Really Ready Students in Action

By Emily Liebtag and Tom Vander Ark
Over the past several months, we have been writing about what it means to be #ReallyReady for college, work and life. Building on work by David Conley and the Hewlett Foundation, our friends at Apex Learning summarized five critical dimensions of readiness:

  • Communication: Read with comprehension, clearly organizes data, finding and thoughts in written and oral communication.
  • Critical Thinking: Apply tools and techniques gleaned from core subjects to formulate and solve problems.
  • Self-Directed: Monitor and direct self-learning; complete projects and tasks independently
  • Growth Mindset: Recognize that basic and advanced abilities can be developed through dedication and hard work.
  • Social and Emotional Skills: Understand and manage emotions, set and achieve goals, feel and show empathy, establish and maintain positive relationships, and make responsible decisions.

We’ve also been collecting practical examples of students and schools that are really ready. Here are just a few examples, but if you know of a school that is preparing students to be really ready for college work and life tweet it to #ReallyReady.


Design Tech High
Students at Design Tech High in San Mateo, California develop critical thinking by applying creative problem solving across the curriculum. Principal Ken Montgomery said, “We believe students are most successful when their education is personalized to their needs, and students are asked to use their knowledge to improve the world around them.”
At Harmony Public Schools, students experience personalized project-based learning with a STEM focus. There’s also a strong emphasis on rigor and relevance. Students complete projects and meet with advisor almost daily to talk about their progress and work on challenging problems. Level one projects are in class, level two projects are interdisciplinary, and level three projects are a year long and self-directed. Work products are presented at STEM SOS.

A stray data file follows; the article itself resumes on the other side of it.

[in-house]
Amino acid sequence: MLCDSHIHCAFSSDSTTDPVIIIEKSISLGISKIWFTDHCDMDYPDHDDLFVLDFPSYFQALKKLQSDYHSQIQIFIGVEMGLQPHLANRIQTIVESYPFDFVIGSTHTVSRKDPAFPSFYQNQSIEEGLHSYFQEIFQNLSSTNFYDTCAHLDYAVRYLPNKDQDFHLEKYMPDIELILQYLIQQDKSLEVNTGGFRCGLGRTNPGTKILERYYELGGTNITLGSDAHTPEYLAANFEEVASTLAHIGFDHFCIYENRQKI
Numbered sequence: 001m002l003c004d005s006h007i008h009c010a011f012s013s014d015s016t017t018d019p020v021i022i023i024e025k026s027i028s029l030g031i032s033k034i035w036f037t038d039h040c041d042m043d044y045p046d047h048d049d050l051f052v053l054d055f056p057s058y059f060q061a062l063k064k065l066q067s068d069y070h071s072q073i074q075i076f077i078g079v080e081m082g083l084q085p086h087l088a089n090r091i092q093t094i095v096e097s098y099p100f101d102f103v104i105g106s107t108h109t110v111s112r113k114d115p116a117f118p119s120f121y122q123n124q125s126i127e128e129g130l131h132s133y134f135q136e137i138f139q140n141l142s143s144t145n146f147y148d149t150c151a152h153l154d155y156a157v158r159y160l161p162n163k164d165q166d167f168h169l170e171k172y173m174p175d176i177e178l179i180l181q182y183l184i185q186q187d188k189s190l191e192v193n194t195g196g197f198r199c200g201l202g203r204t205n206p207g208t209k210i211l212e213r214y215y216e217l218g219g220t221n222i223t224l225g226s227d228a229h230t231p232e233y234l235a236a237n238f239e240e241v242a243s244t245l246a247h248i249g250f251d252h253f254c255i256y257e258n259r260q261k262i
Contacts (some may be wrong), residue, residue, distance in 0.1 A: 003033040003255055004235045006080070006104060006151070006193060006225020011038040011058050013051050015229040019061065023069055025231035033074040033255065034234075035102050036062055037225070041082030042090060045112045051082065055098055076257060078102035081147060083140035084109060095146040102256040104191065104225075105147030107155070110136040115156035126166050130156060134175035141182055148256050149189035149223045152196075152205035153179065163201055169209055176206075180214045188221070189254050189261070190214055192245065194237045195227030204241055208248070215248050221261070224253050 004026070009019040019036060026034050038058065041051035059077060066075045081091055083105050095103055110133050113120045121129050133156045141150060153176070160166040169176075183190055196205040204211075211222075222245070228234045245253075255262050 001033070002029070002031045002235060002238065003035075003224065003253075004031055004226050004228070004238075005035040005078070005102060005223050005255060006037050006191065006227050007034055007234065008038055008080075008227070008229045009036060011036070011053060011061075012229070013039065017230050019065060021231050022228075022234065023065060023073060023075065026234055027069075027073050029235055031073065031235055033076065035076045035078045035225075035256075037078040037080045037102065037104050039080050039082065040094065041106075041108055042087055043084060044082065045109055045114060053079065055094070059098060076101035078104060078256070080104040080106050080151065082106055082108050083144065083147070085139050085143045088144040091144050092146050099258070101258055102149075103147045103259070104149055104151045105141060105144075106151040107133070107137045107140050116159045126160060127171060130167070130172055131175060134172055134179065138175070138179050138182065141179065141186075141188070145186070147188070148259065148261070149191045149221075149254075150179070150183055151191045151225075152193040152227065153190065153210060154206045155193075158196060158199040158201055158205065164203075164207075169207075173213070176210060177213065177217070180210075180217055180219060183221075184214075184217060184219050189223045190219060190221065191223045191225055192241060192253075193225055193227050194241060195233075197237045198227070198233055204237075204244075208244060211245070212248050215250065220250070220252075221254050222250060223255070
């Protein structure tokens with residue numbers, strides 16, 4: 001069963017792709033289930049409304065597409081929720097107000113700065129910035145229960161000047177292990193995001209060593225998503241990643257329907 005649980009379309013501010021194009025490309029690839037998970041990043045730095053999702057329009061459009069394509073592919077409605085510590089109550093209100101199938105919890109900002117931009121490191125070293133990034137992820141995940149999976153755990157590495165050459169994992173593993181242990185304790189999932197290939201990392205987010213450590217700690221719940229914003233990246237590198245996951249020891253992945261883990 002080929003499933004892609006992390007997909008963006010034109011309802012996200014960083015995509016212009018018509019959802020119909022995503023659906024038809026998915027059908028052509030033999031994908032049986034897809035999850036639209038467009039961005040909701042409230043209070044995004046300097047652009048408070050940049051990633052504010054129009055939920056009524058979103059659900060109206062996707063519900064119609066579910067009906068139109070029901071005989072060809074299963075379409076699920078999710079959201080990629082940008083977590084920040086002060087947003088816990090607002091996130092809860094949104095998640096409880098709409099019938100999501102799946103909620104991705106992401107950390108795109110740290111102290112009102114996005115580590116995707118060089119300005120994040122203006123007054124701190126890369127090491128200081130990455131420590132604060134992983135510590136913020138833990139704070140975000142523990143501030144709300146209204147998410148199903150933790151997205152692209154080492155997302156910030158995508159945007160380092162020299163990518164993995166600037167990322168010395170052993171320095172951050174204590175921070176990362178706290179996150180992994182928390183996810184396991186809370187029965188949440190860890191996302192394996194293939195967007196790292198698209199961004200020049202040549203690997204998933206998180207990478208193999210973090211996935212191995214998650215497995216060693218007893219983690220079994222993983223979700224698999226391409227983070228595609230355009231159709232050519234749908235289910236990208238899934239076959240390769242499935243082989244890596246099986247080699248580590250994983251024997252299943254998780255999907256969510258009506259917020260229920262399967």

Esther Wojcicki leads her students at Palo Alto High to shoot for the moon. They publish their own newspaper and contribute to several other media sites, requiring them to daily practice communication skills.

University Academy debate class & club is a great example of students that are working on really ready communication skills. Educators at UA know that students need more than just knowing an answer on a test to get a job or into college – they will need to be able to articulate and communicate their ideas.


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The Houston Independent School District (HISD) is a great example of where there is a district-wide goal that students daily work towards all of these skills. The students above are independently working in a GradLab, which is one of the many initiatives put in place to help support students be more self-direct on their respective paths to being really ready for college, work and life.